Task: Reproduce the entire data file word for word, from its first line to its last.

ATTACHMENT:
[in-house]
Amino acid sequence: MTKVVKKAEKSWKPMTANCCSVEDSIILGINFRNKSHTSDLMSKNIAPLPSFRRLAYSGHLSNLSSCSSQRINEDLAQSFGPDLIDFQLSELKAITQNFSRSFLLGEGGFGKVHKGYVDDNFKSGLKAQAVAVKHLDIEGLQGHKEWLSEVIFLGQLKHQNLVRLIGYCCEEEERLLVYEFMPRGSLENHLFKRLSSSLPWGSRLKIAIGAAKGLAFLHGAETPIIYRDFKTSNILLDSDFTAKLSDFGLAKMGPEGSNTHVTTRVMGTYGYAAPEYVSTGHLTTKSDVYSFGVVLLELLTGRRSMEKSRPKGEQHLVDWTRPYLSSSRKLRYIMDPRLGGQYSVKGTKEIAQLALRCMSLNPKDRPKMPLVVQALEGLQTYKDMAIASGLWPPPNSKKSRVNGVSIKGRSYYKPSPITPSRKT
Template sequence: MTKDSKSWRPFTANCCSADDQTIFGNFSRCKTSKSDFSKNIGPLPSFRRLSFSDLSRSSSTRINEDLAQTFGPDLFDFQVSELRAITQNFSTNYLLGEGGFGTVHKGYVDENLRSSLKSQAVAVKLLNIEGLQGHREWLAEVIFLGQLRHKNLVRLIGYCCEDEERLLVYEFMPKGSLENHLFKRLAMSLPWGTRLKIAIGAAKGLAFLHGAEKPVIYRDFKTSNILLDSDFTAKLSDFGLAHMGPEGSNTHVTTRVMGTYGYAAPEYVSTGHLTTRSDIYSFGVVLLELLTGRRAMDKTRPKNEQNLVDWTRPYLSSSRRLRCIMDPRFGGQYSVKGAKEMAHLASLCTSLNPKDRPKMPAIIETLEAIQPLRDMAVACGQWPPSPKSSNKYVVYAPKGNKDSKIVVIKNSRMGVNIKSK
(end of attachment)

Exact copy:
[in-house]
Amino acid sequence: MTKVVKKAEKSWKPMTANCCSVEDSIILGINFRNKSHTSDLMSKNIAPLPSFRRLAYSGHLSNLSSCSSQRINEDLAQSFGPDLIDFQLSELKAITQNFSRSFLLGEGGFGKVHKGYVDDNFKSGLKAQAVAVKHLDIEGLQGHKEWLSEVIFLGQLKHQNLVRLIGYCCEEEERLLVYEFMPRGSLENHLFKRLSSSLPWGSRLKIAIGAAKGLAFLHGAETPIIYRDFKTSNILLDSDFTAKLSDFGLAKMGPEGSNTHVTTRVMGTYGYAAPEYVSTGHLTTKSDVYSFGVVLLELLTGRRSMEKSRPKGEQHLVDWTRPYLSSSRKLRYIMDPRLGGQYSVKGTKEIAQLALRCMSLNPKDRPKMPLVVQALEGLQTYKDMAIASGLWPPPNSKKSRVNGVSIKGRSYYKPSPITPSRKT
Template sequence: MTKDSKSWRPFTANCCSADDQTIFGNFSRCKTSKSDFSKNIGPLPSFRRLSFSDLSRSSSTRINEDLAQTFGPDLFDFQVSELRAITQNFSTNYLLGEGGFGTVHKGYVDENLRSSLKSQAVAVKLLNIEGLQGHREWLAEVIFLGQLRHKNLVRLIGYCCEDEERLLVYEFMPKGSLENHLFKRLAMSLPWGTRLKIAIGAAKGLAFLHGAEKPVIYRDFKTSNILLDSDFTAKLSDFGLAHMGPEGSNTHVTTRVMGTYGYAAPEYVSTGHLTTRSDIYSFGVVLLELLTGRRAMDKTRPKNEQNLVDWTRPYLSSSRRLRCIMDPRFGGQYSVKGAKEMAHLASLCTSLNPKDRPKMPAIIETLEAIQPLRDMAVACGQWPPSPKSSNKYVVYAPKGNKDSKIVVIKNSRMGVNIKSK